Snowmobile accident highlights backcountry danger | SierraSun.com

Snowmobile accident highlights backcountry danger

Paul Raymore, Sierra Sun

Snowmobiling enthusiasts have always found plenty of places to ride in the Truckee-Tahoe area, both on designated trails and in backcountry areas.

The growing popularity of the sport and the recent warm weather are sure to bring more riders hoping to get some late-season riding in to the Truckee area.

Last weekend, Truckee-resident Troy Taylor drowned after his sled broke through the ice at Boca Reservoir. The incident highlights safety considerations, especially as weather warms up and ice melts.

Being safe on a sled is not difficult, but it does take some planning. Below are a number of safety tips for snowmobilers, put together with the help of Thor Schjelderup, co-owner of Thin Air Motorsports in Truckee, and Cpl. Walt Jones of the Nevada County Sheriff’s Office Search and Rescue team.

No. 1, according to Schjelderup, is “When you go out for a ride, you always want to go with somebody. Don’t ride alone. You know, some people will go out for a quick little ride and that’s usually what will get you into trouble.”

“The old standby is that for every hour you ride, it’s a day’s hike out,” Schjelderup said.

The proposition of being hours or days away from your destination if something does go wrong brings Jones to his primary recommendation:

“No. 1, be prepared in case your machine breaks down and you have to spend the night outside,” he said.

Being prepared means having supplies such as food and water, warm clothing and a first aid kit on hand.

“I always ride with a survival kit that has enough supplies to last an overnight stay if I needed to – matches and a first aid kit,” Schjelderup said, adding that knowing some winter survival techniques such as how to start a fire and how to build a snow cave makes a lot of sense for snowmobiling enthusiasts.

In case you do get stuck in the backcountry while snowmobiling, Schjelderup emphasizes that staying put and allowing rescuers to find you is preferable to trying to walk out or find your way back.

“If you do get lost or stuck or you break down, don’t try to hike out,” he said. “Stay put and let rescuers come to you. You run the risk of getting further lost and making rescue more difficult. And you expend a lot of energy doing that.”

Especially helpful to rescuers is leaving a copy of your intended route with a spouse or someone else who would expect you back at a certain time.

Jones also said that sticking to established trails will greatly increase the likelihood of a quick rescue in the event that something goes wrong.

“We prefer that you stick to the established trails. It makes it immensely easier to find you if you stick to the trails,” Jones said.

Other tools that can be helpful in emergency situations include cell phones and GPS (Global Positioning System) receivers.

Schjelderup is a big advocate of two-way GPS systems that allow riders to see not only their own position, but the position of their partner as well. GPS receivers are becoming more popular as prices go down and the technology is more refined Schjelderup said.

Both Jones and Schjelderup recommended bringing a cell phone along as well, although Schjelderup noted that much of the backcountry area around Truckee gets very poor or no cell phone coverage whatsoever.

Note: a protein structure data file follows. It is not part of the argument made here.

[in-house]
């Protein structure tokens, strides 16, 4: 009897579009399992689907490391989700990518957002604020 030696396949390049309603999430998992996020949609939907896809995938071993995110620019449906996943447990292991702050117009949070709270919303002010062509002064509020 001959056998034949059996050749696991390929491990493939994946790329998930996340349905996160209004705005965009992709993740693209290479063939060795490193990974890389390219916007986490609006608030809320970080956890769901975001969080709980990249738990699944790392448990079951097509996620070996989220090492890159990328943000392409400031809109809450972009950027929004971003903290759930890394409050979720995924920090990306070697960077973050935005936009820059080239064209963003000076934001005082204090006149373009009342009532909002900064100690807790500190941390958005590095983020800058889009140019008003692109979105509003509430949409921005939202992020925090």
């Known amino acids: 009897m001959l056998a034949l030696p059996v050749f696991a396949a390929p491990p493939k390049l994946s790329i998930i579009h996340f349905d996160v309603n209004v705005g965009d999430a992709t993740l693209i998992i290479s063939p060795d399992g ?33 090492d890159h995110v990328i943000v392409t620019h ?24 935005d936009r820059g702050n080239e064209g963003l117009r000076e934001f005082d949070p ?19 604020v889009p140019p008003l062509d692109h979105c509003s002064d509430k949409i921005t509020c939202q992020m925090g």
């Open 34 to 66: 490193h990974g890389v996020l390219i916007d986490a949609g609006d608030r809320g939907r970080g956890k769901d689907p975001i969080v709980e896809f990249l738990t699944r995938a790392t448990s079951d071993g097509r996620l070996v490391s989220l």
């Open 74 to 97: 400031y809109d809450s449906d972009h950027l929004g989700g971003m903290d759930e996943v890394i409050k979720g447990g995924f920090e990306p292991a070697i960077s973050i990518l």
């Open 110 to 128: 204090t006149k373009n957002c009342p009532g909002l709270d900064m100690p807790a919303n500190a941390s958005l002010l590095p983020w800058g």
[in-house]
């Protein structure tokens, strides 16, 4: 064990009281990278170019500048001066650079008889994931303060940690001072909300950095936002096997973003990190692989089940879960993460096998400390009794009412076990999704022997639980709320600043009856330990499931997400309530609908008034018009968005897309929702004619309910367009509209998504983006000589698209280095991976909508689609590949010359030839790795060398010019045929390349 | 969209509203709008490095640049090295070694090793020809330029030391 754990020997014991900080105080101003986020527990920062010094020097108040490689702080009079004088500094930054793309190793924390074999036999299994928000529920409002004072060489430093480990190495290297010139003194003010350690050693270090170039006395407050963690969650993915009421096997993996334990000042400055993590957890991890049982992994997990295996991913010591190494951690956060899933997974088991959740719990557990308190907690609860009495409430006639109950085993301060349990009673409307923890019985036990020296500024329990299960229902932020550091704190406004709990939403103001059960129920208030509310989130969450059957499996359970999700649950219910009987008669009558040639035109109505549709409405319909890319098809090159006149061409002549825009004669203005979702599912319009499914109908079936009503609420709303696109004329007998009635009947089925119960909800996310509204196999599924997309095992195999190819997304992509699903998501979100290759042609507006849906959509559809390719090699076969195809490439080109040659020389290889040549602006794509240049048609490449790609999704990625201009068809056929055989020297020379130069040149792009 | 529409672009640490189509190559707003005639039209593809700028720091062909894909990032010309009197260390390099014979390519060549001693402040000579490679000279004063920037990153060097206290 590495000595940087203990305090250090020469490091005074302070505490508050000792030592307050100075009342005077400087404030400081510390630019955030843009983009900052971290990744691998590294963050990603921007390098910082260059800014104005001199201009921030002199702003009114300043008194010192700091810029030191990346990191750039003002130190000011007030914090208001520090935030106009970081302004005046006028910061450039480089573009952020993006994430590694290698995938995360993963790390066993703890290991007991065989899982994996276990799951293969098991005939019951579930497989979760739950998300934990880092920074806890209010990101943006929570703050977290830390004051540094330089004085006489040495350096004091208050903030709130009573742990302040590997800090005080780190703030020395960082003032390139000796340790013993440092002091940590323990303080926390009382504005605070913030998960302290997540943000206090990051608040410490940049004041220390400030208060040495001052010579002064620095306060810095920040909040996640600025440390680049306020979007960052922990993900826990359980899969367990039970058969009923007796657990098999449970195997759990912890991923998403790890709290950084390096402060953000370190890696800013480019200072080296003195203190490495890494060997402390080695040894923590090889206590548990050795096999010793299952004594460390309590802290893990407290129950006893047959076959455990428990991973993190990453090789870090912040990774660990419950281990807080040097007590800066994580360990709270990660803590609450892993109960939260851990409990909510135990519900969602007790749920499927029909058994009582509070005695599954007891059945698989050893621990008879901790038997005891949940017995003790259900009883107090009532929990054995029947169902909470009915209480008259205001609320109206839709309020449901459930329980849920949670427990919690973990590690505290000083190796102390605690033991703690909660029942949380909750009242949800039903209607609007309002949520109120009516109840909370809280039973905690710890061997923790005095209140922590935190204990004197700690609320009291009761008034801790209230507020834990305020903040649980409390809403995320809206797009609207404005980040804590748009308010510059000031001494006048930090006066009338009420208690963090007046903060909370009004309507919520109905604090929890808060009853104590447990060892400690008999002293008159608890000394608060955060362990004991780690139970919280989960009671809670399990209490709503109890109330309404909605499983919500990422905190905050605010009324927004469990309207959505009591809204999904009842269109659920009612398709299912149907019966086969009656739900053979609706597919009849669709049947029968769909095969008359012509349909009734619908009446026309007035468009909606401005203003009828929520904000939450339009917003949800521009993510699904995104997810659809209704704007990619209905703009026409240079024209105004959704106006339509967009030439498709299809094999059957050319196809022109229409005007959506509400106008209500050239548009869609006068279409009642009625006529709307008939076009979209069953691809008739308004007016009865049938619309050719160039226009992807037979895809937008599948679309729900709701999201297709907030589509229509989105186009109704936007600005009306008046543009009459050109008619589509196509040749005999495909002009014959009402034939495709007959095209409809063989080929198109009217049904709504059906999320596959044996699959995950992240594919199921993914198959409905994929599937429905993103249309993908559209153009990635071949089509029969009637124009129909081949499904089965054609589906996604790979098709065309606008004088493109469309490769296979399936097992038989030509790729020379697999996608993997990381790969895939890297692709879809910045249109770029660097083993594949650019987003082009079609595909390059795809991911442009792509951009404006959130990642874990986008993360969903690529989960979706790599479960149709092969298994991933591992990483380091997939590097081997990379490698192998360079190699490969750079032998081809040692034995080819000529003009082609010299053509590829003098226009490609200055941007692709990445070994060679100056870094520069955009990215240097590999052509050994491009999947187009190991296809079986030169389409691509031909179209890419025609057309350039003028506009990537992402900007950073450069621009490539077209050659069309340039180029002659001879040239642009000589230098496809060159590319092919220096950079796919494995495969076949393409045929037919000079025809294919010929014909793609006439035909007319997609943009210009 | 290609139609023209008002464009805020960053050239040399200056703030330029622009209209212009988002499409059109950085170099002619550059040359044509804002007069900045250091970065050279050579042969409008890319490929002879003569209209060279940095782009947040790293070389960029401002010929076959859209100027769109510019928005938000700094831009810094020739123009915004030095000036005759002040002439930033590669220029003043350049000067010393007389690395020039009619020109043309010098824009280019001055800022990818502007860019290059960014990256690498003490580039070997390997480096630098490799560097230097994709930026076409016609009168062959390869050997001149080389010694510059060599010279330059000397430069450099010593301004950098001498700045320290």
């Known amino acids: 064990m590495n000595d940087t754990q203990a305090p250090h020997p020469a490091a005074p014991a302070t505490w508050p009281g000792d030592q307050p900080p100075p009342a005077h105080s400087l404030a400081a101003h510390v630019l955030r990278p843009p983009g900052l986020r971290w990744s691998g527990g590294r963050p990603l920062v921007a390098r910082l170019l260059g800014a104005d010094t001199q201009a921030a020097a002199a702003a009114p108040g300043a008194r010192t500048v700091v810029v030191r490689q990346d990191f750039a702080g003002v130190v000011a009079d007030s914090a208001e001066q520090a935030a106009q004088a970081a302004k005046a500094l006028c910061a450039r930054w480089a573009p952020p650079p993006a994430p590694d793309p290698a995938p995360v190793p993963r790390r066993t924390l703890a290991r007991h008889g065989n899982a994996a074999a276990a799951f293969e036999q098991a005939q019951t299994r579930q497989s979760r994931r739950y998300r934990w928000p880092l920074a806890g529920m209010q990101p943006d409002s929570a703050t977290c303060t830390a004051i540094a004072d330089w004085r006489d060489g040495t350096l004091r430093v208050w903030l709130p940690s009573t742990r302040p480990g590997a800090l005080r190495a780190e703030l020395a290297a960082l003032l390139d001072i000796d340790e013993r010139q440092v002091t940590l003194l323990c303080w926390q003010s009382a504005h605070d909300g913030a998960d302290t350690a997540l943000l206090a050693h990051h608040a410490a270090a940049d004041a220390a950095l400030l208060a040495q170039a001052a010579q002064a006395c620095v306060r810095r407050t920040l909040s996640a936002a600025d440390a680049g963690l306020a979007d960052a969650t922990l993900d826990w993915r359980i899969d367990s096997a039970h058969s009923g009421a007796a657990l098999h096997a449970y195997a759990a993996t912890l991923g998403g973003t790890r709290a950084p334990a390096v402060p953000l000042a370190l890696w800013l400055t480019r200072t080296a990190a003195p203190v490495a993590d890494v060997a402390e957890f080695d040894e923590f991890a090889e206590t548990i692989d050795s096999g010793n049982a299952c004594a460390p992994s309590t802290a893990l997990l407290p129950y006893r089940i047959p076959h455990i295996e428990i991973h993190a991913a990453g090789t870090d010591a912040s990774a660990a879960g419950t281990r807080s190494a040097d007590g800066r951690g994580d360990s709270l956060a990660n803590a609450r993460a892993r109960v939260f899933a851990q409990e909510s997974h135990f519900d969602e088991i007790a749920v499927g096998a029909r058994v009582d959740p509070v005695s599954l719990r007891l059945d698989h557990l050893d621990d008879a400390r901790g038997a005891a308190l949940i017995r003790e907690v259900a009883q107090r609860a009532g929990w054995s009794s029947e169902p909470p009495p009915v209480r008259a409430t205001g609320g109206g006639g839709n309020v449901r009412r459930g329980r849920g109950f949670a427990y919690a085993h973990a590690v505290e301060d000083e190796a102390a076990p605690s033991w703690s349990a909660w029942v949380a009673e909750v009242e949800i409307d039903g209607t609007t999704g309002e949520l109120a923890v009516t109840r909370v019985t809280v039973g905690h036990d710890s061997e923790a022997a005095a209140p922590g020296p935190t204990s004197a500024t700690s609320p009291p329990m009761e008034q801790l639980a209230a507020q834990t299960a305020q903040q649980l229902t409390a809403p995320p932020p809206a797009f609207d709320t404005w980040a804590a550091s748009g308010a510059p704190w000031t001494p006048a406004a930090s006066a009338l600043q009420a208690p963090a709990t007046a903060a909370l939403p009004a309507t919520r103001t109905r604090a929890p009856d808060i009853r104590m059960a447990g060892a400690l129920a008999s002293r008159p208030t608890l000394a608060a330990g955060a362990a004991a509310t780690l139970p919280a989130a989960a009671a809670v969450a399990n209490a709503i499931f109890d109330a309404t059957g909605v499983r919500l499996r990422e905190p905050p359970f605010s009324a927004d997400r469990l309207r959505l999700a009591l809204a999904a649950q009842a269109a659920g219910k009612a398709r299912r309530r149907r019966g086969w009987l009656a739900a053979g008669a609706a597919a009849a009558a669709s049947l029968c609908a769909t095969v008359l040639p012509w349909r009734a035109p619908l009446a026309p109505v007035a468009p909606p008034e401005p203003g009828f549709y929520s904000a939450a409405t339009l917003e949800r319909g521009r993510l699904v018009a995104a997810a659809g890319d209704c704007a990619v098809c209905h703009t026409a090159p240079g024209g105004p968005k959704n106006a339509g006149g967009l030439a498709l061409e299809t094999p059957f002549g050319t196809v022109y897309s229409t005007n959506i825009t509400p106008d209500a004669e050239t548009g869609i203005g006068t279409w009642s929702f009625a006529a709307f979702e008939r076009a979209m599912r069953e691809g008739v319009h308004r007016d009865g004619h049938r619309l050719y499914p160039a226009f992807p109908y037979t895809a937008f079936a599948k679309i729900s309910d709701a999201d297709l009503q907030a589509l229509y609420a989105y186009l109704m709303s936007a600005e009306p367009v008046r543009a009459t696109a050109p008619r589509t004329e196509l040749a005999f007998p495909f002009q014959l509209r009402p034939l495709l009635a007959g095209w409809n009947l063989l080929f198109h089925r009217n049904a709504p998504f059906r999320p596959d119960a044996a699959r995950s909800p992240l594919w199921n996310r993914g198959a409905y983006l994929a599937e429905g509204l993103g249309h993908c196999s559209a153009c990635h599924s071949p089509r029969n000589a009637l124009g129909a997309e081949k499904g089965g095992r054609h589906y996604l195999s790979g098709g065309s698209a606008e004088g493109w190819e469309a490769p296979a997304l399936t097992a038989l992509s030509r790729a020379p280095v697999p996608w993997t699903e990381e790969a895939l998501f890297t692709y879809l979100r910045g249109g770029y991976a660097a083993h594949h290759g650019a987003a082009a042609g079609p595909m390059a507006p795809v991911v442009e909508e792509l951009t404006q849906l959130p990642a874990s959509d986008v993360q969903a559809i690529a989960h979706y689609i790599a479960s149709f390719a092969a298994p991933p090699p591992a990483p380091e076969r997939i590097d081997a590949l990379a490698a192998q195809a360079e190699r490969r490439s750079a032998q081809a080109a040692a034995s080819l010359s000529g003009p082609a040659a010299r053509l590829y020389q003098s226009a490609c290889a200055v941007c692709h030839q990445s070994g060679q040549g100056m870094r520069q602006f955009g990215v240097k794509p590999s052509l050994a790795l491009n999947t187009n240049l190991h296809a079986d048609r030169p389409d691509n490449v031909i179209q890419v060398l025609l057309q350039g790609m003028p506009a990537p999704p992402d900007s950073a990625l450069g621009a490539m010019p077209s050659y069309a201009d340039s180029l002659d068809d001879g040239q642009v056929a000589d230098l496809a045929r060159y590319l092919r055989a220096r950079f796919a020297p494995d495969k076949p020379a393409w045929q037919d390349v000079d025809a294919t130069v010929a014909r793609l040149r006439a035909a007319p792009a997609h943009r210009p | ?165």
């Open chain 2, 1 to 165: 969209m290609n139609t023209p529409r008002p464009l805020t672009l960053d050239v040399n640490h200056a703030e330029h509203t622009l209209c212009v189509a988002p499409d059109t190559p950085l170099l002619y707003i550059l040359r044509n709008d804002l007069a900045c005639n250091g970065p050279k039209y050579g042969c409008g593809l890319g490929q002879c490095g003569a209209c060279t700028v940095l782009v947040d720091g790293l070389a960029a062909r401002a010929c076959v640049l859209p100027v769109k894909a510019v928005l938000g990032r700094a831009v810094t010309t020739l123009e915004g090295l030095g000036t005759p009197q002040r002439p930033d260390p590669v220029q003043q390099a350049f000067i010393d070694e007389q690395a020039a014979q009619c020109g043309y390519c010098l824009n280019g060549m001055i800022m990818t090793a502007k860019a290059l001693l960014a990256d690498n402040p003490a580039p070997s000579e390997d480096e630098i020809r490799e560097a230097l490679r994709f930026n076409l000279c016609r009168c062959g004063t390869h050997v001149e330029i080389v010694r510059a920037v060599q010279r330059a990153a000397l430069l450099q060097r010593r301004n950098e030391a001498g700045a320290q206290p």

“Cell phones are kind of a sketchy thing because the coverage is terrible,” Schjelderup said. “Generally, the only time you’re going to get any cell phone coverage is if you get up on a mountain peak. I ride with mine just in case – maybe I’ll get lucky. But anywhere I ride in this area up here, coverage is very sporadic.”

Local hazards that snowmobilers should be aware of include the risk of avalanches after big storms and the unpredictable nature of frozen lakes and rivers.

While noting that avalanches aren’t as big a danger here as they are in places such as Colorado or British Columbia, Schjelderup does recommend that riders go out with an avalanche beacon, a probe and a shovel just in case.

Avalanche danger in the Sierra is highest right after a storm, and usually the snow settles after a few days; however, groups of riders should always be prepared for the worst and should check on local conditions before heading out. The Weather Channel will post avalanche warnings on days when there is a risk, and more detailed information is available at the U.S. Forest Service’s Web site http://www.fs.fed.us/r5/tahoe/currentconditions/avalanche/index.html.

The recent warm temperatures make crossing frozen lakes and streams especially dangerous according to Jones, who recommends that snowmobilers avoid driving on any kind of ice at this time of the year.

Schjelderup agreed:

“Riding on lakes, especially in our area here, is a pretty dangerous thing unless we’ve had a really good cold snap. A lot of people who are from the East, they drive their cars on the lakes because it’s so cold and it’s a common thing. The problem here is because we have so many sunny days, our lakes never really get solid consistently. They’re always fluctuating.”

Being safe while snowmobiling is mostly a matter of common sense, being aware of one’s surroundings and the changing weather, and being prepared to deal with the conditions one might face in the wilderness.

Jones offered one more piece of wishful advice, “If you’re planning on getting lost, please call us ahead of time.”